What is PLS?
PLS is a condition affecting the upper motor neurones. The degradation of upper motor neurones within the brain and spinal cord (which control your voluntary movement) causes disabling spasticity and weakness.
As muscles are not directly affected, there is no muscle shrinkage or fasciculations (sub-dermal muscle twitches), with this type of MND. PLS only affects the upper motor neurones, not the lower. PLS generally affects people above the age of fifty.
How is it diagnosed?
A lot of the tests which need to take place are in fact to exclude other conditions which could also be responsible for the symptoms. These conditions couls include multiple sclerosis, viruses, brain or spine tumours or spinal damage. ALS (Amyotrophic Lateral Sclerosis), which is the most common type of motor neurone disease, affecting both the upper and lower motor neurones, also needs to be excluded as a possibility.
What are the tests?
Tests performed include:
- MRI scans to rule out any abnormalities in the brain or spinal cord
- Nerve conduction tests (small electric shocks which are used to check the speed of nerve conduction to the muscles)
- Electromyography (EMG)
- Blood tests to check for other possible diseases
What are the symptoms?
PLS symptoms include: weakness in the lower limbs, loss of balance, stiffness in the limbs, clumsiness with hands, slurring your speech, emotionally inappropriate behaviour (for example laughing or crying without due cause), difficulty speaking or swallowing and occasionally bladder problems.
Life span with PLS could generally be normal, though it may be detrimental to life expectancy, depending on whether the disease remains as PLS, or progresses into ALS.
How will I be affected?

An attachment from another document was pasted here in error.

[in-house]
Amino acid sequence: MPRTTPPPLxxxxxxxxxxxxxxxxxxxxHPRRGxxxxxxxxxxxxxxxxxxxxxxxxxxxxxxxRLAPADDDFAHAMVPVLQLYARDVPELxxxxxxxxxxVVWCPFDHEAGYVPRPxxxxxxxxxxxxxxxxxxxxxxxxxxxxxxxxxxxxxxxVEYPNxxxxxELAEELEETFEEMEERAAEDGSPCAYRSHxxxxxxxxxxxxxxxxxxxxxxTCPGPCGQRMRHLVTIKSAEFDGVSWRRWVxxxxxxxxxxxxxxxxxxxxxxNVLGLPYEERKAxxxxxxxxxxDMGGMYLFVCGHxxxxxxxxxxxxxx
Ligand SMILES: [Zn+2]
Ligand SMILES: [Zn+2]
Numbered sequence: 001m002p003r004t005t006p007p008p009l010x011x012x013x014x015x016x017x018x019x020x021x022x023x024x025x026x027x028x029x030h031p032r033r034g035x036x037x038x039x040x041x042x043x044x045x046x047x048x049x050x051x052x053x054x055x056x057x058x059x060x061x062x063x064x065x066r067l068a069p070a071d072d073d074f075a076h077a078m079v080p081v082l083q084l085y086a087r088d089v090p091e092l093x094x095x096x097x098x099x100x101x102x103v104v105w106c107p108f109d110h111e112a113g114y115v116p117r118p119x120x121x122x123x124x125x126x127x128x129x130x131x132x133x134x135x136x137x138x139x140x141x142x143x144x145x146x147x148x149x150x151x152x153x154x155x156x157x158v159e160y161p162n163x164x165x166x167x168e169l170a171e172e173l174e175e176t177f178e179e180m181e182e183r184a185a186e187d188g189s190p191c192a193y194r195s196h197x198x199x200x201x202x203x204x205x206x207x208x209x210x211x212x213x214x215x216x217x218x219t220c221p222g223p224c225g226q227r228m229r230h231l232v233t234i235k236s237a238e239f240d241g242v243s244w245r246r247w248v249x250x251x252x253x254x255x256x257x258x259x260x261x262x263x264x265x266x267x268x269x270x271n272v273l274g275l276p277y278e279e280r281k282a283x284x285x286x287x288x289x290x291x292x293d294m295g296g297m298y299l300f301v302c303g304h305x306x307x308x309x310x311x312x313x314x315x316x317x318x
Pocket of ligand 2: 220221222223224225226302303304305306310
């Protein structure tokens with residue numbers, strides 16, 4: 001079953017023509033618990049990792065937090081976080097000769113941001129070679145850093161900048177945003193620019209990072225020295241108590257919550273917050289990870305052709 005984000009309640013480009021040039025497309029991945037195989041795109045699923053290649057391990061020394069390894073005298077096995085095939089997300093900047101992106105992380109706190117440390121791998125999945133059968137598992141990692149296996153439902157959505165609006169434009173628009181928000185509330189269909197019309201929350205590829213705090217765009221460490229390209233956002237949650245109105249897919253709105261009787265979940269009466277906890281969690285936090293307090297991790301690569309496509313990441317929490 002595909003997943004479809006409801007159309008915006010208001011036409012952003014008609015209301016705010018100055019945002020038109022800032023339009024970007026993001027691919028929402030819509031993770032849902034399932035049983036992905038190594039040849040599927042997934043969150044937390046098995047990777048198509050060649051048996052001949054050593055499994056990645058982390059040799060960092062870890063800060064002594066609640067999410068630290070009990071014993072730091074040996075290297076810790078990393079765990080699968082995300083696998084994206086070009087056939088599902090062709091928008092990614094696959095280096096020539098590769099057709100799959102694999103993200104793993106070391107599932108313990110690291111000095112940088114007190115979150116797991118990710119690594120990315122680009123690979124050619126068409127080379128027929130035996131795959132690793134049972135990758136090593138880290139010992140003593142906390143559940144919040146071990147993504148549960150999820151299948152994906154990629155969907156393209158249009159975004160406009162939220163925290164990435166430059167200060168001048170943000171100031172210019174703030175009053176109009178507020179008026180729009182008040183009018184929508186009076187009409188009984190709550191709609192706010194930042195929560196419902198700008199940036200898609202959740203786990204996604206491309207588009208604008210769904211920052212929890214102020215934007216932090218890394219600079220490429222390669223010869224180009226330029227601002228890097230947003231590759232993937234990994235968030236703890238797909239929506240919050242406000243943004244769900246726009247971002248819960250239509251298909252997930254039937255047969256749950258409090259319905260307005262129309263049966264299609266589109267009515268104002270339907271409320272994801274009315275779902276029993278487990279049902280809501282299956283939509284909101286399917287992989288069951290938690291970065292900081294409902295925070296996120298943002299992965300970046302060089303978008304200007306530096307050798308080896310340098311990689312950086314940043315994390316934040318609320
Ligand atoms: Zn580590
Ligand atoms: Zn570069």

You will be more likely to fall over, as balance is impaired. Some people also experience some level of pain in the neck, back and legs. Things like washing, dressing, writing, and cooking, as well as other day to day tasks may be difficult, because of the reduction in your mobility. You could have speech problems may because the muscles in the throat and neck become more difficult to operate. This can also result in lessened control of the tongue, lip and palate, causing further loss of ability to speak clearly. Swallowing difficulties arising from the problems within the mouth and throat may result in issues with eating and drinking. There may potentially be a lack of emotional control to contend with.
Managing PLS is mostly done by managing the individual symptoms as they manifest. This can include medication in order to alleviate muscle cramping and tightness and physical therapy and exercise in order to maintain the patient’s flexibility and range of motion. Equipment to assist with day to day activities and communication aids may also be used.
Light, low impact exercise such as walking or water aerobics can help strengthen muscles to help compensate for those which are weakened by the condition. Stretching exercises such as yoga or pilates could also lessen the severity of muscle cramps and help to maintain motion. The doctor may also prescribe medication to relieve your cramps and stiffness.
Speech may become impaired over time. There are many aids that could be useful to continue communication. Your doctor will discuss these with you to see what might be appropriate for you.
You may be dependent on others for the purposes of feeding. If feeding gets difficult and tiring because of the throat muscles being impaired, it may be the time to consider PEG feeding.
Remember at every stage to consult with your doctor to establish what is going on with your own health, what problems you have and how they can best be minimised or overcome.